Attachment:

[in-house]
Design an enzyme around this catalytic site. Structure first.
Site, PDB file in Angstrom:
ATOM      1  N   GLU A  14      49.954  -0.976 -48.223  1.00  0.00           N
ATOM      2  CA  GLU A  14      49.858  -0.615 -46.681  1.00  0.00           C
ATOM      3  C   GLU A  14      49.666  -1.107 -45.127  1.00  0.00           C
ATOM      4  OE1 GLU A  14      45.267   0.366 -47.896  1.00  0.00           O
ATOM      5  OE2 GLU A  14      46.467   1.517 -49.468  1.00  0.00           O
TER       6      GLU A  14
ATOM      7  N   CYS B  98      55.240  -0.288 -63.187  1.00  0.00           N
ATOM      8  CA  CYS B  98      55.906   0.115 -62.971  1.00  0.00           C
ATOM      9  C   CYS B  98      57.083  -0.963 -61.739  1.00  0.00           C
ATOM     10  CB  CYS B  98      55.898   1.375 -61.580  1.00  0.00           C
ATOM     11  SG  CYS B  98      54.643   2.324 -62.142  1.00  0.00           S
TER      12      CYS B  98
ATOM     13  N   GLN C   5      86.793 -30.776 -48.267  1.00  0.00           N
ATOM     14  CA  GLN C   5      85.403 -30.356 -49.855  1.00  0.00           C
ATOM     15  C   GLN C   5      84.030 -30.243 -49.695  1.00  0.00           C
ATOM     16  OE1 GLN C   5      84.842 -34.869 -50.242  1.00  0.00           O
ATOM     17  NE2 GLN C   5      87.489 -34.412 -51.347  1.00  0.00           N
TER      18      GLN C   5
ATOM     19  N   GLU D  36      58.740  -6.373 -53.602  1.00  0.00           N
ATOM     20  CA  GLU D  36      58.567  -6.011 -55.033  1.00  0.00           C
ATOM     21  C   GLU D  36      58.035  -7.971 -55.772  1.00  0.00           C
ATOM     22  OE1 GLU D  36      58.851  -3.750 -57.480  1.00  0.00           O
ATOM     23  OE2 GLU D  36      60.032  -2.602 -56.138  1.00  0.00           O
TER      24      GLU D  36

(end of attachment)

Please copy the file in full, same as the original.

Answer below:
[in-house]
Design an enzyme around this catalytic site. Structure first.
Site, PDB file in Angstrom:
ATOM      1  N   GLU A  14      49.954  -0.976 -48.223  1.00  0.00           N
ATOM      2  CA  GLU A  14      49.858  -0.615 -46.681  1.00  0.00           C
ATOM      3  C   GLU A  14      49.666  -1.107 -45.127  1.00  0.00           C
ATOM      4  OE1 GLU A  14      45.267   0.366 -47.896  1.00  0.00           O
ATOM      5  OE2 GLU A  14      46.467   1.517 -49.468  1.00  0.00           O
TER       6      GLU A  14
ATOM      7  N   CYS B  98      55.240  -0.288 -63.187  1.00  0.00           N
ATOM      8  CA  CYS B  98      55.906   0.115 -62.971  1.00  0.00           C
ATOM      9  C   CYS B  98      57.083  -0.963 -61.739  1.00  0.00           C
ATOM     10  CB  CYS B  98      55.898   1.375 -61.580  1.00  0.00           C
ATOM     11  SG  CYS B  98      54.643   2.324 -62.142  1.00  0.00           S
TER      12      CYS B  98
ATOM     13  N   GLN C   5      86.793 -30.776 -48.267  1.00  0.00           N
ATOM     14  CA  GLN C   5      85.403 -30.356 -49.855  1.00  0.00           C
ATOM     15  C   GLN C   5      84.030 -30.243 -49.695  1.00  0.00           C
ATOM     16  OE1 GLN C   5      84.842 -34.869 -50.242  1.00  0.00           O
ATOM     17  NE2 GLN C   5      87.489 -34.412 -51.347  1.00  0.00           N
TER      18      GLN C   5
ATOM     19  N   GLU D  36      58.740  -6.373 -53.602  1.00  0.00           N
ATOM     20  CA  GLU D  36      58.567  -6.011 -55.033  1.00  0.00           C
ATOM     21  C   GLU D  36      58.035  -7.971 -55.772  1.00  0.00           C
ATOM     22  OE1 GLU D  36      58.851  -3.750 -57.480  1.00  0.00           O
ATOM     23  OE2 GLU D  36      60.032  -2.602 -56.138  1.00  0.00           O
TER      24      GLU D  36